Canadian Geographic: How climate change fits into Calgary’s record flood

This post first appeared on Canadian Geographic’s Compass blog.

It’s nearly impossible to get a hold of someone in Calgary right now.

Since the historic flood last week, many Calgarians are staying home to clean up their homes and neighbourhoods. When Canadian Geographic reached David Keith, a professor of public policy and engineering at Harvard University, he was dragging a dumpster up the driveway of his Calgary home to start the cleanup following the flood. His own house was damaged, but “a lot of people have got it worse,” he says.

Keith is probably right: of the approximately 75,000 people displaced from their homes, with billions of dollars in damage, many Calgary residents will have worse jobs this week than tearing out drywall. And as the cleanup begins, some are starting to wonder why it only took eight years for the high-water mark set by 2005’s “flood of a century” to be overrun.

As with any extreme weather event, it is not possible to definitively blame climate change for the flood. What is possible, however, is to compare it to previous records — and all the data thus far say that this flood surpasses any event on record, including the flood of 1932. Even with dams all the way up the Bow River built since 1932 — obstructions that should have slowed the flow of water — the peak flow was still stronger than 80 years ago.

That increase in intensity is predicted in climate change models, which have been forecasting more rain, earlier spring melt and increased flood risk in Alberta for a decade. It will only get worse over the next century, according to reports from government agencies,insurance bureaus and non-governmental organizations.

“(Climate change) is pretty solid science, despite what most of my neighbours say,” Keith says.

Keith believes that for many people in oil-rich Calgary, climate change will remain off the table as an explanation.

“I would actually be surprised if it changed people’s opinions,” he says. “There’s a lot of evidence that people are profoundly motivated to avoid uncomfortable truths.”

As of Monday morning the Calgary Herald had run just one article and one reader’s letter mentioning climate change out of 84 articles published about the flood.

“The Calgary Herald has always ignored climate change,” says environmental journalist Andrew Nikiforuk, whose article Calgary’s Manhattan Moment about the flood and climate change ran in The Tyee on Monday.

“Because the coverage of climate change has been so poor, people were not expecting it,” Nikiforuk suggests. “I think now people are in the stage of asking, ‘What happened?’”

Monica Zurowski, managing editor at the Calgary Herald, says that the last few days have been too busy to step back and look at the potential causes of the disaster.

“I think it would be premature to comment on that. The last few days have been a city and province in crisis,” she says. “It’s very hard to get a look or handle on why it happened.”

Zurowski admits, however, that over the course of reporting for the newspaper’s three special editions dedicated to the flood, reporters have spoken with experts who have brought up climate change. That reporting will come later as the city returns to normal, Zurowski says.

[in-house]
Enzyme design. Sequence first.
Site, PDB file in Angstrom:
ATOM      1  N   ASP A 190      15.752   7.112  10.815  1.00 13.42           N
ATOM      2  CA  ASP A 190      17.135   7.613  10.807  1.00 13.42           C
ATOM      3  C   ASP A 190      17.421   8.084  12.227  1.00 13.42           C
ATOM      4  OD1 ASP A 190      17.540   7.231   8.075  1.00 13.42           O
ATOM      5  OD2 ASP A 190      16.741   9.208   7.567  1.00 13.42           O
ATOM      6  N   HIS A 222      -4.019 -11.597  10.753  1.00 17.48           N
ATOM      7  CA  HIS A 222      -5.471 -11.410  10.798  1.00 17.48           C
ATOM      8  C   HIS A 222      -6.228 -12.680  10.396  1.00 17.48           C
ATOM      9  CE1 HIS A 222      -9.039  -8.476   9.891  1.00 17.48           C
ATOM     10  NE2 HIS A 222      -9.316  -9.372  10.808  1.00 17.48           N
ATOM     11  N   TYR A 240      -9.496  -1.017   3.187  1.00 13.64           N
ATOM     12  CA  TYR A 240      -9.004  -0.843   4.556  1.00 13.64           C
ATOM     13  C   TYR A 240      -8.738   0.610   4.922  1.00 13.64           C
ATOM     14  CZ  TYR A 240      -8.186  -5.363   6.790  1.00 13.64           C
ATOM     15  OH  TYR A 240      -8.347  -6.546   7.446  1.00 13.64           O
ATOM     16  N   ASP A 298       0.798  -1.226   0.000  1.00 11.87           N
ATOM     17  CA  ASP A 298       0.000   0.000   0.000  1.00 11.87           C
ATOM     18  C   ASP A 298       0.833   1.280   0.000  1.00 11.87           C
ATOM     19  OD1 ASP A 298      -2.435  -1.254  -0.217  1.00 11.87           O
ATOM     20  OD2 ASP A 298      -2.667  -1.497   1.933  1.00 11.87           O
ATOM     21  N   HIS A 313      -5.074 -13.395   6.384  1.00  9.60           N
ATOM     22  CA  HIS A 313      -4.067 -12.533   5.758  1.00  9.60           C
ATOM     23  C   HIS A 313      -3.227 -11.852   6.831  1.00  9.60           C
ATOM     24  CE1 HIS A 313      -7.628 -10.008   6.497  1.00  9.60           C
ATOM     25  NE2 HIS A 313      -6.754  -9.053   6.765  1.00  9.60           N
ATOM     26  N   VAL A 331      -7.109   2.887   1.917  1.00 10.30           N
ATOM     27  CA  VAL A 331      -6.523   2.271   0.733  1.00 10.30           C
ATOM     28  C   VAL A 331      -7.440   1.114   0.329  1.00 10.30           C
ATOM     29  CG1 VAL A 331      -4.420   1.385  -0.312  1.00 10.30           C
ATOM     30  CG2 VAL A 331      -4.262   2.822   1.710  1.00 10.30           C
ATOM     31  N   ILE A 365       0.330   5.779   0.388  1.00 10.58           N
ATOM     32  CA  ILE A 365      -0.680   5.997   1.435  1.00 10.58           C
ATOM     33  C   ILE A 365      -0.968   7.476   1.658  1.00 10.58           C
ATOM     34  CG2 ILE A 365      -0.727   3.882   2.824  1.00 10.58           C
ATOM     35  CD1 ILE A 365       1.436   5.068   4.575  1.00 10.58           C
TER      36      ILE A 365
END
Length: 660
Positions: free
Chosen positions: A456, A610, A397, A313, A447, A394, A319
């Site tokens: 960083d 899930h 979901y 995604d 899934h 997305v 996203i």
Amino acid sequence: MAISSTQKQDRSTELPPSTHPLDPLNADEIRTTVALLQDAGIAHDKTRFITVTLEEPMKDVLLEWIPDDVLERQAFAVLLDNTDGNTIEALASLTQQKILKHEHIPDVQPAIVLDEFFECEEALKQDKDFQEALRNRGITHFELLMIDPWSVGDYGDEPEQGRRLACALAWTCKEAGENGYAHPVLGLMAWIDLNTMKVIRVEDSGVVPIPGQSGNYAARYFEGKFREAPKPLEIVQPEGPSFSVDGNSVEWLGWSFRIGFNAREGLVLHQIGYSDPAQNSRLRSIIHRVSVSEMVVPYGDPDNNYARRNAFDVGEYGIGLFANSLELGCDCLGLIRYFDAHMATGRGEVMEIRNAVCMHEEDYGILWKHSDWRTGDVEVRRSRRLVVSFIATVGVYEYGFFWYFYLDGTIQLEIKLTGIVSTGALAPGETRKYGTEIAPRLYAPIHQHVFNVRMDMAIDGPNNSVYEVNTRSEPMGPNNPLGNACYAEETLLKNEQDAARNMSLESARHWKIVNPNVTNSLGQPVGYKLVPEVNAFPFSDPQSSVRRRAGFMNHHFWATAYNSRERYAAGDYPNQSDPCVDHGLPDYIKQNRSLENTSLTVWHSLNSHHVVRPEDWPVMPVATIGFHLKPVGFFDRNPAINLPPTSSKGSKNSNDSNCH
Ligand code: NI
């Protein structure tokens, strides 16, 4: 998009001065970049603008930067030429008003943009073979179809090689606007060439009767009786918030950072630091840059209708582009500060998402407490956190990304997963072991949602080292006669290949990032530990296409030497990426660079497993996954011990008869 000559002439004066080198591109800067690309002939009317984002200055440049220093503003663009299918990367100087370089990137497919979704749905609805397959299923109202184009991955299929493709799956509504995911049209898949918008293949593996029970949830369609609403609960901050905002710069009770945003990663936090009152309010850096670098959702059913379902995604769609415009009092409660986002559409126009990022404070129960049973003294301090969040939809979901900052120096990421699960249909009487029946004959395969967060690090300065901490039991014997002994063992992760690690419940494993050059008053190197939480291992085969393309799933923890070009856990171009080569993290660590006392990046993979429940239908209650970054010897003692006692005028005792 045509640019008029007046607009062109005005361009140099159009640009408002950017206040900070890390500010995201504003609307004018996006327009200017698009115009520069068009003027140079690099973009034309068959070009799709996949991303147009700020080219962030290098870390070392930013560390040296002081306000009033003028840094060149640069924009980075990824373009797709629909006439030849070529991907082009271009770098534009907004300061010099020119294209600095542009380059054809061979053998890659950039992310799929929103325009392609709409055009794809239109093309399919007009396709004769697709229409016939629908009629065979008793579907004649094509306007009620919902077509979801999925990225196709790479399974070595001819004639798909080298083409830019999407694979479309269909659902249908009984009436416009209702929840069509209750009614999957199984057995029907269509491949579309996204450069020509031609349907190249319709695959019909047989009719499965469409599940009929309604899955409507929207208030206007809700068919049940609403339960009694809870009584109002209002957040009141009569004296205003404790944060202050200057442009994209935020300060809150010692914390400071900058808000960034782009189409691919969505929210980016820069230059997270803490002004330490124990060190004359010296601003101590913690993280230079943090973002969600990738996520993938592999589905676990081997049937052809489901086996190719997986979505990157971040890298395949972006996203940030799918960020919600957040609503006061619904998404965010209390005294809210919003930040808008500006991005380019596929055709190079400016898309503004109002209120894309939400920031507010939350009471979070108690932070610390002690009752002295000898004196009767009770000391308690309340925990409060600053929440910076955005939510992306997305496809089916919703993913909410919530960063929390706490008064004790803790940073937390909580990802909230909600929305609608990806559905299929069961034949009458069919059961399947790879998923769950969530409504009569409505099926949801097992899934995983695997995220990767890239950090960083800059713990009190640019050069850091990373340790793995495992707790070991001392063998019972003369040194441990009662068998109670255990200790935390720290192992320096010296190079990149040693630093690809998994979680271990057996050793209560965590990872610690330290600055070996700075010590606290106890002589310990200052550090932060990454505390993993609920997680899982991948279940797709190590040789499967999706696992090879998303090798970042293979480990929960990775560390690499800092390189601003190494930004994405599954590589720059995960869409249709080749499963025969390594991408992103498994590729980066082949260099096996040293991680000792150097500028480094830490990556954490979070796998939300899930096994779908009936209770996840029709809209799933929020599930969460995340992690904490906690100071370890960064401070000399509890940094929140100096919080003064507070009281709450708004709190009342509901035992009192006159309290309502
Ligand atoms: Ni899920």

The cleanup in Calgary, Canmore, High River and many other communities in Alberta is expected to go on for months. As the mud is shoveled out of basements across the province, it remains to be seen what conversations will come next.

Letter to the editor of the Nanaimo Daily News

This letter was written by students (myself included) at the UBC Graduate School of Journalism in Vancouver, in response to the publication of a racist letter in a Postmedia outlet, the Nanaimo Daily News.

Dear Sir,

As students at the UBC Graduate School of Journalism, we are embarrassed for you at what you consider fit for print.

The letter from Don Olsen entitled “Educate First Nations to be modern citizens,” published March 27, is one of the most racist, ignorant things we have read in any context, much less in a well-read newspaper. And it is only the most recent example of Olsen’s racism in your publication.

Olsen can’t even get his facts straight, suggesting that Aboriginal people contributed nothing to modern society. Among contributions by North American Indians are potatoes, corn, and important elements of the U.S. Constitution, namely the concept of personal freedom. He points out, correctly, that they never developed the wheel, which makes it all the more impressive that their trade networks spanned the entire continent.

As young journalists in Canada’s only Reporting in Indigenous Communities class, some of us have been trying to learn to tell their stories in a way that respects their history and culture. Others among us have been learning about the human rights violations that occurred within our country in living memory. One thing we have learned is that the bigoted misconceptions in Olsen’s letters have real consequences for these people and communities.

We find it incredibly disheartening that any newspaper would consider this to be an acceptable way to draw readers. It is incomprehensible to us that you would provide a venue for material that could just as easily be coming from the headmaster of a 19th century residential school.

There is no excuse for the Nanaimo Daily News to have repeatedly given Olsen a soapbox from which to hurl his racism to a wider audience.


Jimmy Thomson

Katelyn Verstraten

Rachel Bergen

Stephanie Kelly

Britney Dennison

Zoe Tennant

Hayley Dunning

Julia Kalinina (former student)

Sachi Wickramasinghe

Carlos Tello

Garrett Hinchey

Matthew Parsons

Blake Murphy

Meghan Mast

Sebastian Salamanca

Tiffany Kwong

Matt Meuse

Reyhana Heatherington

Emma Smith

Kirsty Matthews